If you thought that riding RIPTA, or receiving food benefits was difficult, imagine trying to do it with a disability. That’s what was talked about Tuesday afternoon when the Governor’s Commission on Disabilities held a public forum at the Warwick Public Library, where those in the disabled community could voice their concerns about accessibility across the state.
The forum hosted a number of healthcare professionals, who specialize in a number of care outlets for disabled patients. Different groups that were represented included the Disability Law Center, the National Multiple Sclerosis Society, the Ocean State Center for Independent Living, and the Office of Rehabilitation Services, among others. But, rather than the professionals taking up the time to speak, many community members came forward, expressing how they believe Rhode Island can do better in terms of accessibility.
Barbara Henry, a blind woman who cannot drive, frequents RIPTA, which has proven problematic for her on more than one occasion.
“When the bus pulls up, I have no idea what bus it is,” she said. “They do not announce the bus, and I feel they really discriminate against anyone who is visually impaired, or print disabled, or anything for that matter.”
Henry’s problems have ranged from not knowing that a stop had been changed, to dealing with the newly renovated Kennedy Plaza, which she said is not accessible at all. While the stop names are in braille, the bus numbers that go through those stops are not, and the bus drivers do not announce which bus they are driving.
“My bus stop is G, but my bus number is 33,” she said. “There’s the 33, the 56, and the 54 that go out of that one stop. There’s nothing in braille that indicates that. If you were standing there, I would have to come up to you, and ask, “What bus is this?” And when the bus pulls up, there’s no audio announcement.”
Henry, who advocated, in her own words, “like hell,” for braille at Kennedy Plaza, feels as though her community is not taken seriously. Henry said that she attends the RIPTA community meetings, advocating for other blind people, because there is nothing tactile for them to process when they are finding their stop, not even a map.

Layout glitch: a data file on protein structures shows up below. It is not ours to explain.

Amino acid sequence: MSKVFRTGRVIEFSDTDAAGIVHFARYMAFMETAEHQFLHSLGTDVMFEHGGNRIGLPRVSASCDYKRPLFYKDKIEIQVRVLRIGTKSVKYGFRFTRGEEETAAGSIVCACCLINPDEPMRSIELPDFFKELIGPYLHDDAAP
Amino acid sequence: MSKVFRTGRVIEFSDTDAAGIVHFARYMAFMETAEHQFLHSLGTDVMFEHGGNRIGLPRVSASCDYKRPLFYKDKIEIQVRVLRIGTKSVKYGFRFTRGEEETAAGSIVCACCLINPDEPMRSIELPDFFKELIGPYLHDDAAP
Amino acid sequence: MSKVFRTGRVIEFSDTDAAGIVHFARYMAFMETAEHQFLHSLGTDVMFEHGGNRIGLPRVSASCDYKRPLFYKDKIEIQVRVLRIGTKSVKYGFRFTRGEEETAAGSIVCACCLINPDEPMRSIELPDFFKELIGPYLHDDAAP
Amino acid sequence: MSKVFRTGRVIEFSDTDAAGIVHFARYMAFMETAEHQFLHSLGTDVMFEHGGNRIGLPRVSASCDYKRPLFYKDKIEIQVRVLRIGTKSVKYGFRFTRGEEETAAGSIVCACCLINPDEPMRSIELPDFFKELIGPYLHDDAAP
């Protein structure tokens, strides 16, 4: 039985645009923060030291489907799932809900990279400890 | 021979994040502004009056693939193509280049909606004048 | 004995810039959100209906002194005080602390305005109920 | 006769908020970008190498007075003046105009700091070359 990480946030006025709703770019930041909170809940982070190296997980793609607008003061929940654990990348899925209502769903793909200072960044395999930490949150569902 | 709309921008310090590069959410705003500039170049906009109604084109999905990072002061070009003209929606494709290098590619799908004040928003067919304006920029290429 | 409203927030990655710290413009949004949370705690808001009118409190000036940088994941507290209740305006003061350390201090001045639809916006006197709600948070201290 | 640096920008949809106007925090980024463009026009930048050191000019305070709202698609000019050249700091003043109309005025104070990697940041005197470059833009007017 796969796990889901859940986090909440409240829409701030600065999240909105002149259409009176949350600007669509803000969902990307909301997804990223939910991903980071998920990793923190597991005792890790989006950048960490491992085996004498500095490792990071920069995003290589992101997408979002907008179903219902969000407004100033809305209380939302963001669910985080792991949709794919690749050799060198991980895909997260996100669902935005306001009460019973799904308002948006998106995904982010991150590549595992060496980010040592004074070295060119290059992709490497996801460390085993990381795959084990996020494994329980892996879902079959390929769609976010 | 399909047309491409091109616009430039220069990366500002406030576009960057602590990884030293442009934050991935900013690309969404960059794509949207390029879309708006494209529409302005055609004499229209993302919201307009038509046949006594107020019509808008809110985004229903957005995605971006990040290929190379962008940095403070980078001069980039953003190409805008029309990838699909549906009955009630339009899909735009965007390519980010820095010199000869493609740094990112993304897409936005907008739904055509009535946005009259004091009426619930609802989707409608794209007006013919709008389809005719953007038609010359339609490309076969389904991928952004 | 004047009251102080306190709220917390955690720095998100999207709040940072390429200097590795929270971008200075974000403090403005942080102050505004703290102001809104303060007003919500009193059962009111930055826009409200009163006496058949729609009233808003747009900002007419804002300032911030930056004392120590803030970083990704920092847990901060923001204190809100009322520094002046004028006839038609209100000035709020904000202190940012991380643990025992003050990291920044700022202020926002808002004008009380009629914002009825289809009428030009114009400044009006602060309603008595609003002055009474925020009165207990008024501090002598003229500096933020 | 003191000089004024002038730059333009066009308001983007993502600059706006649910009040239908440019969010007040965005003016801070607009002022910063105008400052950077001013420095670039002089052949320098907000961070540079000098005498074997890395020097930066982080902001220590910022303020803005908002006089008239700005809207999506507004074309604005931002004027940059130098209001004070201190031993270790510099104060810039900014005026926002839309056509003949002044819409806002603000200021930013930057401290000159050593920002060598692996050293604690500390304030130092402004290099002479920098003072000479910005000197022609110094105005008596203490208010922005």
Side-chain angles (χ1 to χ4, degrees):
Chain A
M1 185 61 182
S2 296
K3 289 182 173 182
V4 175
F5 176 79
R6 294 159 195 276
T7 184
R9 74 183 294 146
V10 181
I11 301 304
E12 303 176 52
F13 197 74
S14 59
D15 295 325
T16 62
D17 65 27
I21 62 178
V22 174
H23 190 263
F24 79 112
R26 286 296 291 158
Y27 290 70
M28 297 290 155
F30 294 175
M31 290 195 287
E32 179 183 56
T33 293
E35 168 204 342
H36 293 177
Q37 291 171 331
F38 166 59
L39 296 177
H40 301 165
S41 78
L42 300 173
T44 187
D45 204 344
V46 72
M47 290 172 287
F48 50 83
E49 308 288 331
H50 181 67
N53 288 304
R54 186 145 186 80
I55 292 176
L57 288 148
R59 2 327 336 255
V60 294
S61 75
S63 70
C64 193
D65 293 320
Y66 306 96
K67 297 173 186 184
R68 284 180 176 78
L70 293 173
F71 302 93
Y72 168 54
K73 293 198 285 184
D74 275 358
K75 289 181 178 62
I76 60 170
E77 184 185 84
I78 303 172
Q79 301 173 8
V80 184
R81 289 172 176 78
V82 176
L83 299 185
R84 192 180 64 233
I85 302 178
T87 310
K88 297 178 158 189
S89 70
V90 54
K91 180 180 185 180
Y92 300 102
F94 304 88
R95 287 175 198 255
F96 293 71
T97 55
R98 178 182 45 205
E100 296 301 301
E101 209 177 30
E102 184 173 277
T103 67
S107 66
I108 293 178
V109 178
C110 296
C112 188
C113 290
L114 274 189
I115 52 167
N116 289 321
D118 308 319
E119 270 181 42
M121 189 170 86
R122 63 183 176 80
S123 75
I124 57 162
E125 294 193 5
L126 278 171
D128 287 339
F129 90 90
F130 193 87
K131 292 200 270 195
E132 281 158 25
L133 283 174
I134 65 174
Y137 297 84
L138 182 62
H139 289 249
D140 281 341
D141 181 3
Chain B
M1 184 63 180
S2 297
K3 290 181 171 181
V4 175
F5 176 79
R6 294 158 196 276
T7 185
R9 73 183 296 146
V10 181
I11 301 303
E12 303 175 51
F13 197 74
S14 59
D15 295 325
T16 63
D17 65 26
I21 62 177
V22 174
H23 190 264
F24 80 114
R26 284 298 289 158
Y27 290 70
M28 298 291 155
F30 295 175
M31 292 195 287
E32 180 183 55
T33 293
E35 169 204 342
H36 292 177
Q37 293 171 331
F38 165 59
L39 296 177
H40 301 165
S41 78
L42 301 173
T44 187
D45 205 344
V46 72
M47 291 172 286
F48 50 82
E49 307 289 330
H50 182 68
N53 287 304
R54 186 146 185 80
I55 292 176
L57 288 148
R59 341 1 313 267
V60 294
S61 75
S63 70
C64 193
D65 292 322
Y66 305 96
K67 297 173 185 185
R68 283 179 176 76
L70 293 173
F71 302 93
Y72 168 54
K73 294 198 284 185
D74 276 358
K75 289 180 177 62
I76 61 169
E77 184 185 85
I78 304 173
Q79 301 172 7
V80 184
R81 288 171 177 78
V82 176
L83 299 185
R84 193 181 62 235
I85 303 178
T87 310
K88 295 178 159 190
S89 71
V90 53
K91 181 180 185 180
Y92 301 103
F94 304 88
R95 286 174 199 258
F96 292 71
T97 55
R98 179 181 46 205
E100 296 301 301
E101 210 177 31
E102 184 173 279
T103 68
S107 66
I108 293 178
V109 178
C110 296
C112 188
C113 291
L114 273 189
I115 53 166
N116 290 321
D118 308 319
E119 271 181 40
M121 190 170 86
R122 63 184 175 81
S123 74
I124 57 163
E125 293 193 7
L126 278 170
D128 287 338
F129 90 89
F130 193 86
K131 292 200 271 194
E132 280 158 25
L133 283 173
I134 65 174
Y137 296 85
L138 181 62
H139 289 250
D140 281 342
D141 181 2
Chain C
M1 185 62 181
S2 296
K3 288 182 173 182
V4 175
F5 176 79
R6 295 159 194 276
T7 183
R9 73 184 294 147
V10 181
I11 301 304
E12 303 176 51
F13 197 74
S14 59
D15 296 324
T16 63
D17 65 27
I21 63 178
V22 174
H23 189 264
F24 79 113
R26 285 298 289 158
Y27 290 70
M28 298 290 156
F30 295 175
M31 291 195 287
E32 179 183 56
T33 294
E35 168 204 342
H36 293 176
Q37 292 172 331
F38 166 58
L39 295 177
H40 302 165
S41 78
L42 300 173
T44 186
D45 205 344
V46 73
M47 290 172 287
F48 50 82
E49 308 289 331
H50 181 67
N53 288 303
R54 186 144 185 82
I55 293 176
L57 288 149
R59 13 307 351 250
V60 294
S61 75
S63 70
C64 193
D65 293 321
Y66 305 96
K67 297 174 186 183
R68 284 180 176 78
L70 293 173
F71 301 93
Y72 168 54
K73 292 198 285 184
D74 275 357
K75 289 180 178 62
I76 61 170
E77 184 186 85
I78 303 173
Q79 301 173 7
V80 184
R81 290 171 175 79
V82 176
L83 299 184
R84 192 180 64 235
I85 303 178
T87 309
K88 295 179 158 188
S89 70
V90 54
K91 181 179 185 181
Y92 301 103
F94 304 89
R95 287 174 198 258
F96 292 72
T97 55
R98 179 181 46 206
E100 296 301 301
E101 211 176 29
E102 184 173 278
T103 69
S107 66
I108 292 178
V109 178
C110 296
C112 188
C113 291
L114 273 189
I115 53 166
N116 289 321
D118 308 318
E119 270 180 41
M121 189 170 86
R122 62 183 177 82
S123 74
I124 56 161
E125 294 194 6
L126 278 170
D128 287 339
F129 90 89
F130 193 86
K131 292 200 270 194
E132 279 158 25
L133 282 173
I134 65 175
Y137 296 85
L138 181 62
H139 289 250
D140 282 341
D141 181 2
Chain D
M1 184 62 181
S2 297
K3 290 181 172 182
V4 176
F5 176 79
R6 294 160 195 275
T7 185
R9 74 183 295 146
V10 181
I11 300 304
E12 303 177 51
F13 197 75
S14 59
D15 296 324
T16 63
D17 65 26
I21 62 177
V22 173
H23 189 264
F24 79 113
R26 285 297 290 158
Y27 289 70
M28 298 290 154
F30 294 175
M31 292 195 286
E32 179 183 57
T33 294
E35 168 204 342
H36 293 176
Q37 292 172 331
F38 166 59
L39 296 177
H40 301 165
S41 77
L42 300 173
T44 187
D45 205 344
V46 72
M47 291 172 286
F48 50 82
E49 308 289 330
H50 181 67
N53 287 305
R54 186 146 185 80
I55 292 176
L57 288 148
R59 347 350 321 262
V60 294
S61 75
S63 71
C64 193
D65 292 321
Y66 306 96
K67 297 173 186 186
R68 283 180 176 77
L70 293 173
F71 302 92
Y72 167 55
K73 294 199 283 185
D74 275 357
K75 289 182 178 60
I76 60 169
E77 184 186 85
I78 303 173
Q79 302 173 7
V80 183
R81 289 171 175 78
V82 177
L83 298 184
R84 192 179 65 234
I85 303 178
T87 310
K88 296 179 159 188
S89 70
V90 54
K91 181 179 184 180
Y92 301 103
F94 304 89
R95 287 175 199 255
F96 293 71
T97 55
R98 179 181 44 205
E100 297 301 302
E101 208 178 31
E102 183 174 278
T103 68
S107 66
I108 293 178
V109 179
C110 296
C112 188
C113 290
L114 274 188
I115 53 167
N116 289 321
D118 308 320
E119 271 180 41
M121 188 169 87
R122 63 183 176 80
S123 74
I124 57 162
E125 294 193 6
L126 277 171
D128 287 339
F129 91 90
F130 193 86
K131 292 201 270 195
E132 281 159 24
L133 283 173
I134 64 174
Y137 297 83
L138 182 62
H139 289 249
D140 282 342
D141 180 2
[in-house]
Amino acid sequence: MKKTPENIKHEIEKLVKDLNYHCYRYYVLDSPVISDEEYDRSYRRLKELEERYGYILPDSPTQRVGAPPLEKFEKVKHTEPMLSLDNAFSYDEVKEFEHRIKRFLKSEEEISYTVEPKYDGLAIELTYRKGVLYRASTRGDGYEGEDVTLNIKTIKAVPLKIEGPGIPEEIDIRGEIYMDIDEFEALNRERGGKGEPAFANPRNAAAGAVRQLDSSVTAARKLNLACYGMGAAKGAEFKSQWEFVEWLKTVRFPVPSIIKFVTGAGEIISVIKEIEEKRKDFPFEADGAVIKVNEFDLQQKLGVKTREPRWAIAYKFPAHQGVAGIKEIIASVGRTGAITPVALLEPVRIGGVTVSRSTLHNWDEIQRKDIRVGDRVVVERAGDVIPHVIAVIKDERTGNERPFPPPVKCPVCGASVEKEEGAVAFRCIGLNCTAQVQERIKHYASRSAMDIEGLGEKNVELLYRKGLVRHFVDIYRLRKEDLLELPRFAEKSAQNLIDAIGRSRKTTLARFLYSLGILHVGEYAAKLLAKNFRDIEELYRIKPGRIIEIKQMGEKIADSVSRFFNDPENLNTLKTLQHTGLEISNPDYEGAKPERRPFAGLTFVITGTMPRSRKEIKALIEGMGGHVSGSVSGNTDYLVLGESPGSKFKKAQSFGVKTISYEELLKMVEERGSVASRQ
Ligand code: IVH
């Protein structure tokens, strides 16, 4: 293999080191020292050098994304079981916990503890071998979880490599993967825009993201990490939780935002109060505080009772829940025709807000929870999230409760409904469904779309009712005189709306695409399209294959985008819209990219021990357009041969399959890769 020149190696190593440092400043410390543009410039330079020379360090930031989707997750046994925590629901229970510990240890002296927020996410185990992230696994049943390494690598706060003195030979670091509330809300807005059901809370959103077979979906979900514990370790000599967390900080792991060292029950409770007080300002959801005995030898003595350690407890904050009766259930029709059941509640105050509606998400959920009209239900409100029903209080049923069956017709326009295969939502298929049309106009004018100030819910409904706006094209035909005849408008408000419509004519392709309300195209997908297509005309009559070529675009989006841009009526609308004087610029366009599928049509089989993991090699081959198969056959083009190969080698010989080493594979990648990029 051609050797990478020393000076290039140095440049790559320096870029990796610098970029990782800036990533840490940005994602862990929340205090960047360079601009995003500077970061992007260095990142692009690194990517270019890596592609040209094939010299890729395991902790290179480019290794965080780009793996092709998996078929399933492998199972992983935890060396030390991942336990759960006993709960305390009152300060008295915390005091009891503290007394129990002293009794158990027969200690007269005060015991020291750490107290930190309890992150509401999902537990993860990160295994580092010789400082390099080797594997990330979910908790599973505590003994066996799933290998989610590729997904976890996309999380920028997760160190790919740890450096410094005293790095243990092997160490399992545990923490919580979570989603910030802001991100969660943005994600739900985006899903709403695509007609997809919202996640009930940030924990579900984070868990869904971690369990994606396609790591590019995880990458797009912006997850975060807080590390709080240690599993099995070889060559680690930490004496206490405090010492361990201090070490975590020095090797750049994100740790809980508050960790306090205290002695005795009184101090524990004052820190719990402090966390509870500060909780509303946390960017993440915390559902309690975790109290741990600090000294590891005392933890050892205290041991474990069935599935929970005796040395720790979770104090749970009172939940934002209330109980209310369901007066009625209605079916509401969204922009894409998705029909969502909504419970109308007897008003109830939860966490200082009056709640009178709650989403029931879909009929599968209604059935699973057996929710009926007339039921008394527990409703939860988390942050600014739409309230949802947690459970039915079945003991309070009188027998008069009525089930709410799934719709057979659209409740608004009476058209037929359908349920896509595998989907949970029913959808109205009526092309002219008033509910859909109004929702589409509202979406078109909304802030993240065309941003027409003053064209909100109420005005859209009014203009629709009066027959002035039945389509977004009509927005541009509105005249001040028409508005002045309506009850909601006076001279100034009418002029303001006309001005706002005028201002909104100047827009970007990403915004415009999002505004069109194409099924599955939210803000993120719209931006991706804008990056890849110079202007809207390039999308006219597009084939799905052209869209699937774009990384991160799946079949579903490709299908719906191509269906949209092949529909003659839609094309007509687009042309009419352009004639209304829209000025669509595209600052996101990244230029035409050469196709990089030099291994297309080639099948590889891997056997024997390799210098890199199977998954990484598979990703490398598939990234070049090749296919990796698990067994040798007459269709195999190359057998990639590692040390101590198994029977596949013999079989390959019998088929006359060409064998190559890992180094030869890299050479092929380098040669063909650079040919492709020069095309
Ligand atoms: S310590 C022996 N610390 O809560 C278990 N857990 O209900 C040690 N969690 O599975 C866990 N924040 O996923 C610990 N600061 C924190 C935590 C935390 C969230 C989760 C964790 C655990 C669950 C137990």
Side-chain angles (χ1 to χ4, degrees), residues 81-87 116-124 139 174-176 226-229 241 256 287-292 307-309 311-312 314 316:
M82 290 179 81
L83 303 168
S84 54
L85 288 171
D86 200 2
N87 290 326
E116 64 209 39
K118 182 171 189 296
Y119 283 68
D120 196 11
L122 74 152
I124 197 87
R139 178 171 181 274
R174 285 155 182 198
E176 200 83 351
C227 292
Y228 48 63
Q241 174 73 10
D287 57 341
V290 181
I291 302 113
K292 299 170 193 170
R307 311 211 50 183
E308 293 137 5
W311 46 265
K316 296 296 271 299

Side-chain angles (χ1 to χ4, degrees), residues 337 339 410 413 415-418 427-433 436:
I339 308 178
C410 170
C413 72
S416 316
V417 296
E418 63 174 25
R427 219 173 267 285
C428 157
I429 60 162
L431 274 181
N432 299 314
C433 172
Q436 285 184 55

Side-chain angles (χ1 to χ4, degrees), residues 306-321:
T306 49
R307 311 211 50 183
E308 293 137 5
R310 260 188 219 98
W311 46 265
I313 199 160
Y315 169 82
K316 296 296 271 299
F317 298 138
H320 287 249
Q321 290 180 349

“Since it’s been open since January, I’m still trying to process, make a mental map, of where everything is. They didn’t make any type of map or anything,” she said.
When Kennedy Plaza reopened earlier this year, RIPTA staff were there to assist passengers and direct them where to go, but Henry said that there was nobody to specifically help disabled riders.
Henry said that these issues don’t just affect blind people, though. Many other disabled riders struggle with RIPTA, including those who are deaf, autistic, or impaired in some other fashion. Such treatment has lead Henry to believe that RIPTA discriminates against the disabled.
“I truly, truly believe, that they do discriminate against the disabled,” she said. “I feel that my safety is placed at risk.”
Kristin Clark went to the forum to represent her friend, who is disabled and experienced mistreatment and belligerent service at the hands of the Wakefield SNAP office when trying to get certified for her benefits. Clark’s friend, who was not named, went into her local Wakefield office rather than conducting a phone interview with the main Providence office.
“The staff apparently relies on phone interviews, even though they are told they can come into offices to do the recertification,” Clark said. “When she came into the office, she was treated very badly, and very hostilely, and was told several times that SNAP would be cancelled for her, and that she would have to pay back what they said was an overpayment, and now she’s left not knowing what her situation is.”
Clark added that Rhode Island Housing has been helpful for her friend and her son, who is also disabled, because she is part of section 8 housing. SNAP, on the other hand, has caused a whole host of problems for her. Clark has even spoken to Congressman Jim Langevin’s (D- District 2), who looked into the problem and asked that they also speak to the Department of Health. When her friend called, the Department of Health was not only rude to her again, but also defended the SNAP office’s treatment towards her.
“By the end of the call, my friend was just a mess, and as of right now, has no idea what her situation is,” she said. “She does not know if she’s cancelled, she does not know if somebody is going to come after her for that money that they say she was overpaid, she does not know if, come Aug. 1, if she is going to have any SNAP benefits.”
Raffi Jansezian, a staff member for the GCD, explained how their office plans to move forward with these issues.
“After all the forums are done after this week, and after all the transcripts are finalized, I’ll be going through them, personally reading them as well as running different focus groups to analyze the transcripts, to figure out which problems are coming up over and over again,” he said.
Once that process is completed, they then move to begin writing solutions for these pressing issues into legislation, and create laws that can benefit everyone who has been affected and come to them to voice their concerns.
Jansezian added that Governor Gina Raimondo has shown “fantastic” support for the GCD, and that they have already made some strides towards what they hope to accomplish.